First-time homebuyers are making up a larger share of the buying market due to low home prices, abundant supply and affordable interest rates, according to new research by NAR. The 2008 National Association of REALTORS® Profile of Home Buyers and Sellers finds that the number of first-time home buyers rose to 41 percent this year, up from 39 percent in 2007, and 36 percent in 2006.
“Although modest, this is a meaningful gain for the 12-month period ending at the close of June, and more recent independent data show a stronger uptrend in first-time buyers who are helping to reduce excess inventory,” says NAR chief economist Lawrence Yun.
The study shows the median age of first-time buyers was 30, down from 31 in 2007, and the median income was $60,600. The typical first-time home buyer purchased a home for $165,000 and plans to stay in it for 10 years, up from seven years in 2007.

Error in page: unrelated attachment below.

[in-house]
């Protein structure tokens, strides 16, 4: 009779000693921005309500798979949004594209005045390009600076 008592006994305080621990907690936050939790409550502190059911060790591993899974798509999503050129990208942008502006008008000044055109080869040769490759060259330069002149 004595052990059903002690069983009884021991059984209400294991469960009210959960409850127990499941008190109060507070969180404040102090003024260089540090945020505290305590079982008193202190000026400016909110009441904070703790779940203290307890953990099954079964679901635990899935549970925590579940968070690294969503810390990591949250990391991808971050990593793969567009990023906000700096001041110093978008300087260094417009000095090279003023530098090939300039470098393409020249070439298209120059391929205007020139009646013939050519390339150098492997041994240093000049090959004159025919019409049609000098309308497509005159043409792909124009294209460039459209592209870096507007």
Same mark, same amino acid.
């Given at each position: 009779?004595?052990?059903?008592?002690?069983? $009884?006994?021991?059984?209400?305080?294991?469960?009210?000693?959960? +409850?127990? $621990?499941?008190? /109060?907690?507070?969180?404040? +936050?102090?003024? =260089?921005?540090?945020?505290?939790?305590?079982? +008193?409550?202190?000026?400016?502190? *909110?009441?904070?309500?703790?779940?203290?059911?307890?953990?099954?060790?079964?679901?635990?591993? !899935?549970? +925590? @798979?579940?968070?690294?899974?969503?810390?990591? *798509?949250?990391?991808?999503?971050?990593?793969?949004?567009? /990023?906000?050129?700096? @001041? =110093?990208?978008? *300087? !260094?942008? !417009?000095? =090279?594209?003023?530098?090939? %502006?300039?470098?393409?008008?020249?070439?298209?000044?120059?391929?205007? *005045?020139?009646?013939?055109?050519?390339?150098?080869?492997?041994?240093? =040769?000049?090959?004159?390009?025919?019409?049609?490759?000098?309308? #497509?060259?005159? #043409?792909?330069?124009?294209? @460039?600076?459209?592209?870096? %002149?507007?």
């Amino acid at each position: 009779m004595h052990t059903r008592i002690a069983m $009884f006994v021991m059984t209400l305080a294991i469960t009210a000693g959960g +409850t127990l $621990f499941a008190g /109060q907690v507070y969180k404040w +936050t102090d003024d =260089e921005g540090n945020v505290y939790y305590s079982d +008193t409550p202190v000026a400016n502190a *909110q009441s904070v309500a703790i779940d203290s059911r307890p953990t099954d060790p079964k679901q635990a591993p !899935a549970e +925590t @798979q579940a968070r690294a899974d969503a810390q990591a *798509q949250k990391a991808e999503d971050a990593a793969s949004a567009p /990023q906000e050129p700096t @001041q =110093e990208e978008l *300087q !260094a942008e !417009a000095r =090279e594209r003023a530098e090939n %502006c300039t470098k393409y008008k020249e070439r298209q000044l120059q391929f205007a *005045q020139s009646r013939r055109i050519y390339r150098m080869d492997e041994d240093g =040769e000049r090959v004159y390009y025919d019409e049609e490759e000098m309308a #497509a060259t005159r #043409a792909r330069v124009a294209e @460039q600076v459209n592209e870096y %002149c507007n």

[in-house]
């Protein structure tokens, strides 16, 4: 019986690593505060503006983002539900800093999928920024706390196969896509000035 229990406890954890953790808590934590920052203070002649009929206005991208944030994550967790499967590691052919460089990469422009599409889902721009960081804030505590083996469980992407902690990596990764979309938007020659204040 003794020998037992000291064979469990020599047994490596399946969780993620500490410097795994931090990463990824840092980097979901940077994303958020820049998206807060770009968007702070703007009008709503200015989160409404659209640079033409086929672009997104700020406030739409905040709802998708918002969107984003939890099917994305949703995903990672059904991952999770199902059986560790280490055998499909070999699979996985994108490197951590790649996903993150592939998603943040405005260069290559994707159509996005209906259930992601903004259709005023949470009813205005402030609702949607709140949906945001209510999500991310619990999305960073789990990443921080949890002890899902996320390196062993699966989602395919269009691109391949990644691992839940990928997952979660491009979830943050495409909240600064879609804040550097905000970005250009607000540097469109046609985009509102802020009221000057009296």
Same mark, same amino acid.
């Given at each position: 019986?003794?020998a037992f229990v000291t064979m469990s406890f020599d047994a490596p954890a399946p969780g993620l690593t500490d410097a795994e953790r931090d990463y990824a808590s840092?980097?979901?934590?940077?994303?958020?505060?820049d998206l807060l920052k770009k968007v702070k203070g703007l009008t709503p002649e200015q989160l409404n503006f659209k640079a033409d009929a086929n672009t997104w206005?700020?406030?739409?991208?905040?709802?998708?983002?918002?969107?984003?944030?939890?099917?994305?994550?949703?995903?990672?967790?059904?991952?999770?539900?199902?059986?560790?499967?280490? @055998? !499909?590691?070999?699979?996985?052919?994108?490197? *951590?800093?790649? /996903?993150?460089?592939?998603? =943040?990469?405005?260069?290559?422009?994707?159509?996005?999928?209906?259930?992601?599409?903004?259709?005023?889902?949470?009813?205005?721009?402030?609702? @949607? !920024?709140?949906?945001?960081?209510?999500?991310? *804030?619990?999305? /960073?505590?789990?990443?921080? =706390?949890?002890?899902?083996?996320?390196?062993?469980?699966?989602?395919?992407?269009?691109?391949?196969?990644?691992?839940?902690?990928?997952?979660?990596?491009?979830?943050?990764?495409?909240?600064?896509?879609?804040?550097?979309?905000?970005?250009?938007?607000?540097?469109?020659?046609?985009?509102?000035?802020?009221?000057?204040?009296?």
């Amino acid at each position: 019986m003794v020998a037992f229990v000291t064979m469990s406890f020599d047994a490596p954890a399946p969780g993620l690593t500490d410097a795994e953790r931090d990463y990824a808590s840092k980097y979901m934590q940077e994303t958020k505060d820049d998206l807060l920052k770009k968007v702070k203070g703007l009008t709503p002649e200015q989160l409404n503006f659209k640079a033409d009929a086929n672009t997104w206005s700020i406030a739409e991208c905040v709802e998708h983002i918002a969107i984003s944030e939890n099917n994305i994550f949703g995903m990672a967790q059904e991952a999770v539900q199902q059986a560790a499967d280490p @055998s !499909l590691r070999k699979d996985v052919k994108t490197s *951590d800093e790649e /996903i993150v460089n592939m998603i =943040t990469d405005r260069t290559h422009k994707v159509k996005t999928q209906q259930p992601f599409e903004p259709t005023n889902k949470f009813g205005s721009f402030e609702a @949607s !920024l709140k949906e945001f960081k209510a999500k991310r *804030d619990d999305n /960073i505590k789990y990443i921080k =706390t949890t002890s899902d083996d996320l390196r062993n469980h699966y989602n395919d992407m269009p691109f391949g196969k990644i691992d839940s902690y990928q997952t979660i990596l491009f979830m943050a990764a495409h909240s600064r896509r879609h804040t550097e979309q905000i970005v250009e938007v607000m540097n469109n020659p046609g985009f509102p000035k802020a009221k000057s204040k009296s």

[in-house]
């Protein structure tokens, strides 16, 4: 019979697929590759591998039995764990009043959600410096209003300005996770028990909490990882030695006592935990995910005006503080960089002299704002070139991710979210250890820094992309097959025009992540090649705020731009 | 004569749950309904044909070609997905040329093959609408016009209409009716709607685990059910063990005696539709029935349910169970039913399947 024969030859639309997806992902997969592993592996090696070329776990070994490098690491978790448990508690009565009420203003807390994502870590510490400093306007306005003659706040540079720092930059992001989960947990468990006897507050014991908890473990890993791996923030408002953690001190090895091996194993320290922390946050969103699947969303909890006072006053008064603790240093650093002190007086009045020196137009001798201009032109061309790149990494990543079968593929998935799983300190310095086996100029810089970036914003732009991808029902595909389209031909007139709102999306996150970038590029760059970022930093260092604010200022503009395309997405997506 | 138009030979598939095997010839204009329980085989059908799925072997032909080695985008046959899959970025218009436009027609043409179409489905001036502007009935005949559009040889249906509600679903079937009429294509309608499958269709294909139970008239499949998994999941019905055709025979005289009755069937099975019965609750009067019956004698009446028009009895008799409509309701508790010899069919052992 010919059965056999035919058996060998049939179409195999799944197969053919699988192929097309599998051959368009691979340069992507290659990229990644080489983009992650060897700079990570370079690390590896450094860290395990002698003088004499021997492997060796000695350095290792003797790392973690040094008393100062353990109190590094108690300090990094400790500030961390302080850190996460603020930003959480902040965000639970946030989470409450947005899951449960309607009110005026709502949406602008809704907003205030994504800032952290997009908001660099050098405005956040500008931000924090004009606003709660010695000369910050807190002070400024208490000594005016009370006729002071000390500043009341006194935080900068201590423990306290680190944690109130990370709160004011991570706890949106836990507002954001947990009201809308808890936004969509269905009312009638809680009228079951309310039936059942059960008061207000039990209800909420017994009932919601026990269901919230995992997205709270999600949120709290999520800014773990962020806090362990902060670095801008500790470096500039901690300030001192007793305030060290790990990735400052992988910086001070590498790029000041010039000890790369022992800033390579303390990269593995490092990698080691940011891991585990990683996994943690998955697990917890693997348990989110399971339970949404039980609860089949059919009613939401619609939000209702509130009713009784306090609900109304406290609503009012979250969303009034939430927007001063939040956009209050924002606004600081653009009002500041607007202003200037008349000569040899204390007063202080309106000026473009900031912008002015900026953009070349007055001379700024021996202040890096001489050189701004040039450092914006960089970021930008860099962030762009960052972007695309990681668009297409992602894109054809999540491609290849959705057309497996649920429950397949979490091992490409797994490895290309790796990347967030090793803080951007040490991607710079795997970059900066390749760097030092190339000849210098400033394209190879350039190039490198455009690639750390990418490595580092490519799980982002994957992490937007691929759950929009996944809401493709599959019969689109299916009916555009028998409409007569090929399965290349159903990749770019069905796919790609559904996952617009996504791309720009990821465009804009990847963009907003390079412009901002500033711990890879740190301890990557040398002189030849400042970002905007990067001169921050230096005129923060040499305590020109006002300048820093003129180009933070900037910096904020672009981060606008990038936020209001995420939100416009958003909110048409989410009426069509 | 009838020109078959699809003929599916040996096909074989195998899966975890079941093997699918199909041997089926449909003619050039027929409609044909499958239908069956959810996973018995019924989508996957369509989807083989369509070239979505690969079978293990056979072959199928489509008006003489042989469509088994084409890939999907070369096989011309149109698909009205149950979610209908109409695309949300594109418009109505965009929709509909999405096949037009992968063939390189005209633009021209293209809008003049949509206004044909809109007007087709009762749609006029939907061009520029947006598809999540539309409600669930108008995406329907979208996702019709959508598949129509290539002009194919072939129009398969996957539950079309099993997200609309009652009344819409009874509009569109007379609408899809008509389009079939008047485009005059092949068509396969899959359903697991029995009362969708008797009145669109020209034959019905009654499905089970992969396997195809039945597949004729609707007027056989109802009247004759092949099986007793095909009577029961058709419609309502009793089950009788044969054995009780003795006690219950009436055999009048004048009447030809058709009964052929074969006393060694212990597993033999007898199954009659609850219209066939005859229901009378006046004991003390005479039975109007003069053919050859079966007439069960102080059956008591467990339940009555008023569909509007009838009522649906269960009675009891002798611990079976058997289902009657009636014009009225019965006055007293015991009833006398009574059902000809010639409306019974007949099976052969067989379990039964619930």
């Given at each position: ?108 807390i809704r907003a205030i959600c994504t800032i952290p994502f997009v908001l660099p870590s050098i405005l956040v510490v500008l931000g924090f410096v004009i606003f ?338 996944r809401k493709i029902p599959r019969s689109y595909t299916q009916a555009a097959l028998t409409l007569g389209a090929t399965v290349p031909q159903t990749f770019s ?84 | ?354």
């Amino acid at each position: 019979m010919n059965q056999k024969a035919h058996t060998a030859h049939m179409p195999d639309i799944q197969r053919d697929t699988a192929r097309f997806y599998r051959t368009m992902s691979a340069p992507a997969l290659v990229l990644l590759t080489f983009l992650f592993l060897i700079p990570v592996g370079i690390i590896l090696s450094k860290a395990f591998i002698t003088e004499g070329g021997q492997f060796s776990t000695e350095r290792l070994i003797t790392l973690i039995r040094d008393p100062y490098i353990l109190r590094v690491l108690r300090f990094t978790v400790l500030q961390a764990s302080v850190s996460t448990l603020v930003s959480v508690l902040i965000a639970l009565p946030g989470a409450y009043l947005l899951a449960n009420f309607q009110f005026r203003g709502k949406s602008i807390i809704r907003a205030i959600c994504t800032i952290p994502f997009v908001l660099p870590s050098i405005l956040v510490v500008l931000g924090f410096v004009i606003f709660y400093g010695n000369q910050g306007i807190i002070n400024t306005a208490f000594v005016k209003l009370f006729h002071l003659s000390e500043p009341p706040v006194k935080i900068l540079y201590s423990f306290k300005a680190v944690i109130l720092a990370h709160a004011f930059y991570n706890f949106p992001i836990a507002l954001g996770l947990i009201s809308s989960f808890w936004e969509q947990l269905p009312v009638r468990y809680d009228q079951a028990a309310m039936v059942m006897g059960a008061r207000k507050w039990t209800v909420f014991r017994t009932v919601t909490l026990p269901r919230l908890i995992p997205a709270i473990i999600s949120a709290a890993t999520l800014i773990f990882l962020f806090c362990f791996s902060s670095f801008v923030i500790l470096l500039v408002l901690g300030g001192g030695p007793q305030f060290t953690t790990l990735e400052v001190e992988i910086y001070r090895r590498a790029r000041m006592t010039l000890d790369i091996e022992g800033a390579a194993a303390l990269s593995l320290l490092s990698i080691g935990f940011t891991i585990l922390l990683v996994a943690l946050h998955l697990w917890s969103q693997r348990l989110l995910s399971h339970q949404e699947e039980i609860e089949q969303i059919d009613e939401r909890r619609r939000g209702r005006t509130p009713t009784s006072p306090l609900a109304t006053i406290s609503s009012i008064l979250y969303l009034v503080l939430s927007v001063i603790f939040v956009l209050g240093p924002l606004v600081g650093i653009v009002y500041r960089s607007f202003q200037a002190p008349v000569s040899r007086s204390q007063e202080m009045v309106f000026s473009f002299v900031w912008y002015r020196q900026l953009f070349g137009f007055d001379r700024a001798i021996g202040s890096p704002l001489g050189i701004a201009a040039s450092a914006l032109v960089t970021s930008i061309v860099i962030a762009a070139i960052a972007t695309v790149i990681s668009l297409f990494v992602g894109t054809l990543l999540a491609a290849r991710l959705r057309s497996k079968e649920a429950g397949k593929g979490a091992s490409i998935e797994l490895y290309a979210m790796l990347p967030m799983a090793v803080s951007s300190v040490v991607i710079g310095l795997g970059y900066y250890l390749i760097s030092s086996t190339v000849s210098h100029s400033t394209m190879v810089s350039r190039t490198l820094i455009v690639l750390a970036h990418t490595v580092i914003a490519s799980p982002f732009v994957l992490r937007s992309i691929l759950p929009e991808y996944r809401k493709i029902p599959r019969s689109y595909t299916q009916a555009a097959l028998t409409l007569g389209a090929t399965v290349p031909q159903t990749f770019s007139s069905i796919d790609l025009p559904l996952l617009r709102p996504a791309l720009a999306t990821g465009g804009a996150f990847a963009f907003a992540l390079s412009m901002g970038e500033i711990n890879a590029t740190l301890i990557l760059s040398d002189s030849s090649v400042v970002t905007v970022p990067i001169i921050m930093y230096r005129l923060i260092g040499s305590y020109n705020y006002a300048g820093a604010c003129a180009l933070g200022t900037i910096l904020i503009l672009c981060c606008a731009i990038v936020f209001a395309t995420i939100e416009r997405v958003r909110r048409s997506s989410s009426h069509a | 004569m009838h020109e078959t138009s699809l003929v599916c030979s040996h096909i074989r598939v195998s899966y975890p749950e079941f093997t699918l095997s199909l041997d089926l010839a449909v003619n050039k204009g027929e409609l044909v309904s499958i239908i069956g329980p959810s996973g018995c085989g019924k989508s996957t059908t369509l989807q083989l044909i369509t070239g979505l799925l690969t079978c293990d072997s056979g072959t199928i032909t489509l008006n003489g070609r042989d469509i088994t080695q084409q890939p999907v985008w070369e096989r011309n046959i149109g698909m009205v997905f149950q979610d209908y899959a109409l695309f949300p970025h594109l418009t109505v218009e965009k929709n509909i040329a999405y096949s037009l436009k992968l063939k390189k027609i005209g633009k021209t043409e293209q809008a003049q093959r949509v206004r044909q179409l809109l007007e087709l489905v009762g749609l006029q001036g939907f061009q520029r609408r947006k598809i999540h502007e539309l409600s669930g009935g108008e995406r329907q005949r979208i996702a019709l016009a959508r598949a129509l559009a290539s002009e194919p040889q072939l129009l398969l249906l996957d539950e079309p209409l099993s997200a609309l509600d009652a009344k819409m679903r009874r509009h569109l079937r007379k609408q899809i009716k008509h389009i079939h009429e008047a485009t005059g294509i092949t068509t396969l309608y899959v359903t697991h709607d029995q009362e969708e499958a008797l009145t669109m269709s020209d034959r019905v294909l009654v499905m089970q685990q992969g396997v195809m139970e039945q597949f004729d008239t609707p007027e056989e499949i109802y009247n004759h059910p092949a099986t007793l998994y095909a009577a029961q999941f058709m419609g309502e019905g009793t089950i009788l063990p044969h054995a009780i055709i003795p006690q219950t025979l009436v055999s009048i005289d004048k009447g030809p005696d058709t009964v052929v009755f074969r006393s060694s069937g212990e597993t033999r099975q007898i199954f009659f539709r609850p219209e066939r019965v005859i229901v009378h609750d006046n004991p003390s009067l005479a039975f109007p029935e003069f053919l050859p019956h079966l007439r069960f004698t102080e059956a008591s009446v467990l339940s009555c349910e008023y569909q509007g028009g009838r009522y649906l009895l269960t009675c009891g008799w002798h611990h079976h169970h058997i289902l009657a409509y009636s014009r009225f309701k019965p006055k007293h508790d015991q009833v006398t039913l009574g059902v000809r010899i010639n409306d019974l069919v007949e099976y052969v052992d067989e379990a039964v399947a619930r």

The median age of home sellers was 47, and the median income was $91,000. Three-fourths were married couples who had lived in their homes for six years and were moving a median distance of 19 miles. Their home was on the market an average of eight weeks.
Eighty-one percent of home buyers and sellers used a real estate agent. Nine out of 10 would definitely or probably reuse their agent or recommend them to others. These results are consistent with 2007 findings.